theres always options until systems such as the foam are time tested and proven to work.

Like Ed said, I have seen no studies proving it to be harmfull as of yet.
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Old 10-02-2008, 07:20 PM   #6
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What's the most efficient roof?


Thanks for you input and this did get a little off topic.

You can have open-cell or closed-cell spray foam. Open cell will allow you to see if you have a roof leak by allowing it to penetrate thru the foam and show up as a discolor.

Closed cell will not allow any water thru and also provides structural strength to the roof from lift. That's especially good here in Florida for Hurricanes.

I ask though, what is the main function of a roof? It's to provide shelter from the elements especially water. If your roof has a leak and you had the closed cell installed then you wouldn't have to worry about any water damage. I don't know about you guys but I'd rather stop a roof leak before its seen inside my home and by then it's already caused enough damage to cost plenty of $$.
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Old 10-02-2008, 07:50 PM   #7
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What's the most efficient roof?


I would rather see a small spot from a leak and fix it properly rather than have it be hidden and rotting unseen structural members of my home, creating a bio-hazard of mold infestation and possible long term structural damage and costly repairs and potential heath hazards.

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Old 10-02-2008, 09:40 PM   #8
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What's the most efficient roof?


I do see your point about being able to see the small leak, but I know you're a roofer and would be able to notice most small leaks. However most people NEVER go into their attics to take a look around.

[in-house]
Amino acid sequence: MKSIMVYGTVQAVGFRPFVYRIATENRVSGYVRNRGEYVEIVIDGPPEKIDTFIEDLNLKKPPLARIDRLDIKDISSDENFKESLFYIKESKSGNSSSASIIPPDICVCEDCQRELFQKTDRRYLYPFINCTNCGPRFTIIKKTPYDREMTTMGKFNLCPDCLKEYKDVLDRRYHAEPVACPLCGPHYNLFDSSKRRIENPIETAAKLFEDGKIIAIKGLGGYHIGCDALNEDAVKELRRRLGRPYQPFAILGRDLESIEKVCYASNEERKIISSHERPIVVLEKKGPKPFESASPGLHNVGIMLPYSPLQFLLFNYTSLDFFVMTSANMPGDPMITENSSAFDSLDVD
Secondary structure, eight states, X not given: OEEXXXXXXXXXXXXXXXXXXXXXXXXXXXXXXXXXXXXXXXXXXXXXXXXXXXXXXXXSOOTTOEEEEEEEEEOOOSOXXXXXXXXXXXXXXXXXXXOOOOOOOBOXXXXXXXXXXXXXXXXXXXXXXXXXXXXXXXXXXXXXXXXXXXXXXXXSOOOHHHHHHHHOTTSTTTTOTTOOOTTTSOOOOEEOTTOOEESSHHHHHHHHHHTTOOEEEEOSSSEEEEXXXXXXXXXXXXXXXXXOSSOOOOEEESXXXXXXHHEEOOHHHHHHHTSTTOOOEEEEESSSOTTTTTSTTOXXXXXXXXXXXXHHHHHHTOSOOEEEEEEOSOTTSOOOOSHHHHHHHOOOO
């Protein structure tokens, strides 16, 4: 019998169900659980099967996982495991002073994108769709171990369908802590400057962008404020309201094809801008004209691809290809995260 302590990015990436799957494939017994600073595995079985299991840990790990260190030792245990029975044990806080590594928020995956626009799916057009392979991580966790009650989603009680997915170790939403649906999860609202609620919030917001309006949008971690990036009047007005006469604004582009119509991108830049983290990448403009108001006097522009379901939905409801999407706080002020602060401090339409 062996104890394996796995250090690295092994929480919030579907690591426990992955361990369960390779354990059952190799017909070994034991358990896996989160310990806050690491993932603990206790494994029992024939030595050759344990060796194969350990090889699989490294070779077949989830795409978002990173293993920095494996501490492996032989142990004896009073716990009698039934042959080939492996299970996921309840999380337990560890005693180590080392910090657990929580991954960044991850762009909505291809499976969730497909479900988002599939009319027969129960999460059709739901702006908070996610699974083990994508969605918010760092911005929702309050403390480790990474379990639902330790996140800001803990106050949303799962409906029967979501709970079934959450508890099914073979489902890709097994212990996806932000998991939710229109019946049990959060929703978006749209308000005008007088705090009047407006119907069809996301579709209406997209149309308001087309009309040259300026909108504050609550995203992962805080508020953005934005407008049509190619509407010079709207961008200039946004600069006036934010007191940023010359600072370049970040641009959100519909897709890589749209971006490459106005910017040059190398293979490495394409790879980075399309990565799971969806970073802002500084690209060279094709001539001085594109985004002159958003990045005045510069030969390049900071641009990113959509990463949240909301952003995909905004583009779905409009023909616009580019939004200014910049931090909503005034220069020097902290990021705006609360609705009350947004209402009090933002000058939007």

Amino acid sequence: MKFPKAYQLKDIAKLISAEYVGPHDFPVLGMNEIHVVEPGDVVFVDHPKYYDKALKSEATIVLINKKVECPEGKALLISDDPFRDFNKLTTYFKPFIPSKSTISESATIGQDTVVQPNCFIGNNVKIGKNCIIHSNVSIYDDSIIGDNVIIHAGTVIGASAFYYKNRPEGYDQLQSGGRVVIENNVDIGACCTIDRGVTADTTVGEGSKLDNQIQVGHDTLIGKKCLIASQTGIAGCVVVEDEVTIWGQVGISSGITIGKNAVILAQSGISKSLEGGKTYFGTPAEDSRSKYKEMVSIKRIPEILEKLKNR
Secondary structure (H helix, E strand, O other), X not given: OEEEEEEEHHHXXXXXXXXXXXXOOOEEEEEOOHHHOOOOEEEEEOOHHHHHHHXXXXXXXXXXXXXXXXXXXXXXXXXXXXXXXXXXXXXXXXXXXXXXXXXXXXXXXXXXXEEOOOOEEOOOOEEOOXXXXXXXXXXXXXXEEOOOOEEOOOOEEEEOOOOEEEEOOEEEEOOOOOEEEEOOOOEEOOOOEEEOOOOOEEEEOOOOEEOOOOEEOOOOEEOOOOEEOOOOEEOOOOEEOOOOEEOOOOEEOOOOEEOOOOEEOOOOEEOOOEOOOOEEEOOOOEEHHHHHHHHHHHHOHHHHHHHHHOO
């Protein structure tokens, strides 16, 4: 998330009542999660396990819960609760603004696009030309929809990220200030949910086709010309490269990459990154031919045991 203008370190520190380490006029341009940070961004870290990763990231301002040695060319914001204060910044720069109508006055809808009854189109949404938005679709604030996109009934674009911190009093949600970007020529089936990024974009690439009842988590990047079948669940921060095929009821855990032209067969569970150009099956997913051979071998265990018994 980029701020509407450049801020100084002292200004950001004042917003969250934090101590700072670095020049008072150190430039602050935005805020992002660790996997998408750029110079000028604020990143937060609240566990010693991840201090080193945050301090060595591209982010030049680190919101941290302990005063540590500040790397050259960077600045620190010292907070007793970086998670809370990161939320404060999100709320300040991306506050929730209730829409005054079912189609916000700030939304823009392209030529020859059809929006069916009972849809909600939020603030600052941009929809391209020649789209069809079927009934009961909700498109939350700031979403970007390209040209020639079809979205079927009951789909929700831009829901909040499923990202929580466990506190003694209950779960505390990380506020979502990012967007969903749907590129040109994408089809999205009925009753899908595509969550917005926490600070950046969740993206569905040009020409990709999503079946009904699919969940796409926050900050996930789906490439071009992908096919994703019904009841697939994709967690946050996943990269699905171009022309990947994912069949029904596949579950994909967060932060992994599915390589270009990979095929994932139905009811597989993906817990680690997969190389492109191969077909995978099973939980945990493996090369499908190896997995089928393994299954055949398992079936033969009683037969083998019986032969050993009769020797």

The closed cell foam makes your roof more structurely sound.

Actually all the spray foam material I've read about are non-toxic and resistant to all mold growth.

Ed, what roof do you recommend for someone that is thinking of adding this spray foam? I can see that there could be some problems with having it but if you were to recommend a long lasting roof that looks good, affordable, and functions well what would it be?

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Old 10-02-2008, 10:16 PM   #9
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What's the most efficient roof?


The definition of a good roof is not the material but the installation.You could have the best material and have the crappiest roof.Every roof has its pros and cons. "A Roof Is only As Good As It Is Applied"
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Old 10-05-2008, 06:09 PM   #10
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What's the most efficient roof?


Metal roofing with the Coating on it which reflects uv heat.
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Old 10-15-2008, 03:05 PM   #11
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What's the most efficient roof?


Natural slate is the best roof by far to any other, and life cycle wise is the cheapest as well